”Even if we lose in Kent, we will have helped educate some of the population here that the ODNR (Ohio Department of Natural Resources) has all the power to site any oil and gas operation, no matter how dangerous, anywhere they please,” Phillips said.

Issue 18

Issue 18, a $1.2 million tax levy to improve overcrowding conditions for female inmates in the Portage County Jail, also failed at the ballot Tuesday. With 95.4 percent of the Portage County voting precincts reporting, 67.42 percent of voters voted “no” for the issue, and 32.58 percent voted “yes.”

The levy would have lasted two years, and would allow the jail to create 32 additional beds for female inmates. The jail averages 45 female inmates at one time, but only has capacity for 34.

Jails have seen a spike in overcrowding over the past two years due to a rise in drug use. Without the money provided from the levy, the jail’s conditions will remain the same.

Portage County Sheriff David Doak spoke with KentWired in a previous interview and stressed the importance of passing Issue 18.

Doak said the jail is liable to be sued for the condition, which could result in court ordered action. 

Portage County Candidates 

Democratic candidates took all Portage County seats besides county auditor, according to unofficial election results posted on the Portage County Board of Elections website.

Janet Esposito, the Republican candidate for Portage County auditor, defeated her Democratic opponent Christopher Mallin by 15,320 votes, according to the Election Summary Report.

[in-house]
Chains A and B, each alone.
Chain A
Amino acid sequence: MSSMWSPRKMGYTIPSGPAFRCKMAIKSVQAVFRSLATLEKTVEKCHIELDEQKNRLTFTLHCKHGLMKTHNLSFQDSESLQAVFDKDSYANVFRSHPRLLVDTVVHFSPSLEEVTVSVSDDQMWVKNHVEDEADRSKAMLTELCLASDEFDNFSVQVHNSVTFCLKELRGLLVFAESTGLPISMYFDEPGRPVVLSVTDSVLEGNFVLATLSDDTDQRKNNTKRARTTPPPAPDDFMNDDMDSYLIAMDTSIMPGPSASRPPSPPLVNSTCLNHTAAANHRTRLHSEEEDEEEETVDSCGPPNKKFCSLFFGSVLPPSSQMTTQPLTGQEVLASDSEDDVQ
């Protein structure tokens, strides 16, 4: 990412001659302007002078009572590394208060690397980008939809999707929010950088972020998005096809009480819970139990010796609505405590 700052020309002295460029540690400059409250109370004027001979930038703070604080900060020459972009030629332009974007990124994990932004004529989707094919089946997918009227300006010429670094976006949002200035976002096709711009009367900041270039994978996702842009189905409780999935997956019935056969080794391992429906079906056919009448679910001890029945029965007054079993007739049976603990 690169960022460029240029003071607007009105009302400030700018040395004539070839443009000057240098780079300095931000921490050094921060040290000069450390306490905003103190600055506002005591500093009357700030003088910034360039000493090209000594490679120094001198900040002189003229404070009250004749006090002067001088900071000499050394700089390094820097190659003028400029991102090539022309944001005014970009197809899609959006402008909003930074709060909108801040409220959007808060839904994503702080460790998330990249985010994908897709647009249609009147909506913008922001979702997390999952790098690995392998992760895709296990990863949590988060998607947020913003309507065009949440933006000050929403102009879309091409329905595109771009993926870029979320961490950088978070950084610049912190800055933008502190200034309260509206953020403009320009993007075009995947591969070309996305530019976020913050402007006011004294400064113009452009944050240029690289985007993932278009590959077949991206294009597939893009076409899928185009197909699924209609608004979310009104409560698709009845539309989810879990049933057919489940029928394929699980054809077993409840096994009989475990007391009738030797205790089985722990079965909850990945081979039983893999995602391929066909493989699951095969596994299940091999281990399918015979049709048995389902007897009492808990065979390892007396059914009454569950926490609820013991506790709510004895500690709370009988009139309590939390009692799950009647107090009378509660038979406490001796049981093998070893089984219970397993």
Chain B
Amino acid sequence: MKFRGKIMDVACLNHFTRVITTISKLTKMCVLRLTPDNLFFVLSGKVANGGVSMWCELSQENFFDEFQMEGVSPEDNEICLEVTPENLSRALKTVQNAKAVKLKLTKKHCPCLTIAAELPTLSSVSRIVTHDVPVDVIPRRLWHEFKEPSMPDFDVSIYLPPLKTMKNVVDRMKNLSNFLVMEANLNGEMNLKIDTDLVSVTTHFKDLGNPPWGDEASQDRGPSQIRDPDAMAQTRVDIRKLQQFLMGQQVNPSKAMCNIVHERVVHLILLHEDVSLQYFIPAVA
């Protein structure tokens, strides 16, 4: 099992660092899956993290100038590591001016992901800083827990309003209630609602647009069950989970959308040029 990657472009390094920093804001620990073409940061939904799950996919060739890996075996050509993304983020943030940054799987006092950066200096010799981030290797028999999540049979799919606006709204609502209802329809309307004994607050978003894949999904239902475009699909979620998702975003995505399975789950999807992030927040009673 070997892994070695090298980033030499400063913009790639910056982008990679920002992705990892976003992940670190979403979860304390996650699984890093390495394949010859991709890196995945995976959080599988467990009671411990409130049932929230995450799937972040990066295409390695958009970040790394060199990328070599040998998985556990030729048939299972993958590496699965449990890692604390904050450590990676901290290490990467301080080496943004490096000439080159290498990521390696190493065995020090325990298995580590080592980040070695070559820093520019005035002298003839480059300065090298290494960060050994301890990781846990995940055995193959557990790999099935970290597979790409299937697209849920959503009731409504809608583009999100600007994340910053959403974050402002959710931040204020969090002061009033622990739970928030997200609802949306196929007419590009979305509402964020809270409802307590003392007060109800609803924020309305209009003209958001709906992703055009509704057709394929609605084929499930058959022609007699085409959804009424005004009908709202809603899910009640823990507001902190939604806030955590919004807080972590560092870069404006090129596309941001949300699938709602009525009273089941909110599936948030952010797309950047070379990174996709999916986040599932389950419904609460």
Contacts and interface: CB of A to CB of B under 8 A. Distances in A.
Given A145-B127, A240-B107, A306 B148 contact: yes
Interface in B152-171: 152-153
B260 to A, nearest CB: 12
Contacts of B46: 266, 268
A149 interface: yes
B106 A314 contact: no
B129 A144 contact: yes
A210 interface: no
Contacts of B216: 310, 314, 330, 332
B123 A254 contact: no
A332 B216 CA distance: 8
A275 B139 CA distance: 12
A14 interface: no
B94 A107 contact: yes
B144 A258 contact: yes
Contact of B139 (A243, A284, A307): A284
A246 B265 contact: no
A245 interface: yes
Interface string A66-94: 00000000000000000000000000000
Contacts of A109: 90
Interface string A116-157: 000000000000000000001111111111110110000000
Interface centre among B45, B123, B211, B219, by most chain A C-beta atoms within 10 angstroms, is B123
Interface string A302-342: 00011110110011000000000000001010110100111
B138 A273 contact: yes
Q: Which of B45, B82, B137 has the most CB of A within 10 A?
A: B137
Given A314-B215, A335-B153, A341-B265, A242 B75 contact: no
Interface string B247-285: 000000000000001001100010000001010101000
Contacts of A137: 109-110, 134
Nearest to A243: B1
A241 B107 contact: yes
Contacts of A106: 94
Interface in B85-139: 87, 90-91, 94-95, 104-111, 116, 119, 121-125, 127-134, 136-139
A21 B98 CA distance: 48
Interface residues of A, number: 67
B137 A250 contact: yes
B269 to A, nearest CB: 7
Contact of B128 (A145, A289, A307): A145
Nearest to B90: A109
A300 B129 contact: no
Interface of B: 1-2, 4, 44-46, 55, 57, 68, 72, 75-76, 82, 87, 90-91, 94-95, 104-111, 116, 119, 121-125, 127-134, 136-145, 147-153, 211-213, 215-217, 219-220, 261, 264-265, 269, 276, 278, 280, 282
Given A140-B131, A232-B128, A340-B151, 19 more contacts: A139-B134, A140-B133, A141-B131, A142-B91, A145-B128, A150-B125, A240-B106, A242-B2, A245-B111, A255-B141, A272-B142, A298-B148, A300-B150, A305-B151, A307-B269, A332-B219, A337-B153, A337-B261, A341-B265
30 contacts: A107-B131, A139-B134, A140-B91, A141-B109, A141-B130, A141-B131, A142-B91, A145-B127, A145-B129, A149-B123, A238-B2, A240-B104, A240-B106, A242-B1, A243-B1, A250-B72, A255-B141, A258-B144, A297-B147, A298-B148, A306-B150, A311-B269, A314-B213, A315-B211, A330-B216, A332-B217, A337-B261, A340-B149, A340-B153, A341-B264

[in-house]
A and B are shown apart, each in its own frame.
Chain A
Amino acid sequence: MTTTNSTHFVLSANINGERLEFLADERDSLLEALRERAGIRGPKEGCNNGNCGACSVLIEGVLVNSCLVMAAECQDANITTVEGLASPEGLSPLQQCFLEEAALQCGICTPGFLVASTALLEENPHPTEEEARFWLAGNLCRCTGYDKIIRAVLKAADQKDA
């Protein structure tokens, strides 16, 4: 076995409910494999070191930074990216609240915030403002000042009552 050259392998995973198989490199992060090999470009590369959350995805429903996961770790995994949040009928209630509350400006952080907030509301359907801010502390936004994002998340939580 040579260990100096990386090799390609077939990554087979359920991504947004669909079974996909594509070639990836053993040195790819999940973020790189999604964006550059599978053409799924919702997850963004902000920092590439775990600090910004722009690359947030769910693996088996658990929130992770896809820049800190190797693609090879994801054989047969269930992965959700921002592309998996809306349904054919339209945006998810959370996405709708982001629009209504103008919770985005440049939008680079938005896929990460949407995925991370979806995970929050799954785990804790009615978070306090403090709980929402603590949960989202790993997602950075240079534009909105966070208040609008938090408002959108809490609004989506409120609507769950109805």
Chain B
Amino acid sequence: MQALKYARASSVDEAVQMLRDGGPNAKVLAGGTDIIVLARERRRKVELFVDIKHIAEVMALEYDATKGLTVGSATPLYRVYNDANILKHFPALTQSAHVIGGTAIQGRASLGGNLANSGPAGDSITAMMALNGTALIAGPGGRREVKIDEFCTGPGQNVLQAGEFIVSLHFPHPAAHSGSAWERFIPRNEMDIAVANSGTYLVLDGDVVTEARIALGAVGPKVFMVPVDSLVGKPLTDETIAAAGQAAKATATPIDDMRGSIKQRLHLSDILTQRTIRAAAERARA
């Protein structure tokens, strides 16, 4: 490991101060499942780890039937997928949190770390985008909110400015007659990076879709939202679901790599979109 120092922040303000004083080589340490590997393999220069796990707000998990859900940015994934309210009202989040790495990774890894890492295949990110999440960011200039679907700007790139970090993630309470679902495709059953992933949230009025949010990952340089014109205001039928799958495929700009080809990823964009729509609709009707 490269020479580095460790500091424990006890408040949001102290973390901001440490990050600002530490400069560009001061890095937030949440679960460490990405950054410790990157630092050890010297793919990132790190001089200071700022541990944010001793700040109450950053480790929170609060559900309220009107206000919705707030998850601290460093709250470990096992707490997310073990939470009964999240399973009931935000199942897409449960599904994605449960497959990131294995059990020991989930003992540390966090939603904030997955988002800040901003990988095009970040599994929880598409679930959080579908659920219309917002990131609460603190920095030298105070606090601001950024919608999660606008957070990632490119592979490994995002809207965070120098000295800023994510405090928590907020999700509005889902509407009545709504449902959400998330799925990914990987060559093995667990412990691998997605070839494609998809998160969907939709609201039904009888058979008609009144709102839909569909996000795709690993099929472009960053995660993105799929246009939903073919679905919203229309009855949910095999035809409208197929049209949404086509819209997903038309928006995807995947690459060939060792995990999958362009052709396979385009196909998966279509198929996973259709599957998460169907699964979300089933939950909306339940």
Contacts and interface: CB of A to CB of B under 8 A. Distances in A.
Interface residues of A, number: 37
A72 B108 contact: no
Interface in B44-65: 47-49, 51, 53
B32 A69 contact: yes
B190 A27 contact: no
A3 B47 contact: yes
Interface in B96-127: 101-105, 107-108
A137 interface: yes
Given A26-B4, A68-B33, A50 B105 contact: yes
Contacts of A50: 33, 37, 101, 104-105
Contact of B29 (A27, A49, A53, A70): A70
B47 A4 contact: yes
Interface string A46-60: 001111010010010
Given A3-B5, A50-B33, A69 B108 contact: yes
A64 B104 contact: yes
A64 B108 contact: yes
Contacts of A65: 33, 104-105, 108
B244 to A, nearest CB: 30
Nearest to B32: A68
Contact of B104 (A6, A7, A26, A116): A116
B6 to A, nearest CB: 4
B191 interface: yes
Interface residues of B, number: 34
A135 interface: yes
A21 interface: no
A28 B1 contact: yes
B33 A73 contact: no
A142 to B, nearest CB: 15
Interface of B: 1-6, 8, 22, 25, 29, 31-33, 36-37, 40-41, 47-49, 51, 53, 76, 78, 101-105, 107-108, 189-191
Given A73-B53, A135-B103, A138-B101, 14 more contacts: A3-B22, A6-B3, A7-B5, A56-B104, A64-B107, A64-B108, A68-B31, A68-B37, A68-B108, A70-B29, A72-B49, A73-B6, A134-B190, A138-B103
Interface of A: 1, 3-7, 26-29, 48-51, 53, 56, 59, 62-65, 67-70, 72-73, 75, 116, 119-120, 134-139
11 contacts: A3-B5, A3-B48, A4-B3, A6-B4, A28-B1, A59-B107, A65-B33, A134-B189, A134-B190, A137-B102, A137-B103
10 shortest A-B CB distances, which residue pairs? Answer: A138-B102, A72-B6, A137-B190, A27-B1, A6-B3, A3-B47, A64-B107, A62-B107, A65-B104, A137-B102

Esposito pulled ahead with 69.84 percent of the votes while Mallin had 30.16 percent of the votes at 12:43 a.m., according to vote.ohio.gov.

“I’m very humbled. I’m happy to be available to serve the citizens again. This isn’t about politics or what party, it’s about the people,” said Portage County Auditor Janet Esposito, who will keep the seat with almost 70 percent of the vote. 

“My door is open to the public, always. I come to work and represent the people,” she said.

Vicki Kline, the Democratic candidate for Portage County commissioner, defeated opponents Sabrina Christian-Bennett, the Republican incumbent, and Richard Duncan, an Independent candidate.

With 95.42 percent of precincts reporting, Kline won the seat with 48.63 percent of the votes, compared to Christian-Bennett’s 44.47 percent and Duncan’s 6.9 percent, according to the Portage County Board of Elections’ Election Summary Report.

Becky Doherty defeated Eugene Muldowney for common pleas court judge by 3,628 votes, according to the Election Summary Report.

With 95.4 percent of precincts reporting, Doherty received 55.52 percent of the votes to Muldowney’s 44.48 percent.

Bob Berger defeated David Brode for probate-juvenile court judge with 52.25 percent of the votes, according to the Election Summary Report.

Contact Emily Mills at [email protected]. Christina Bucciere and Hannah Armenta contributed reporting.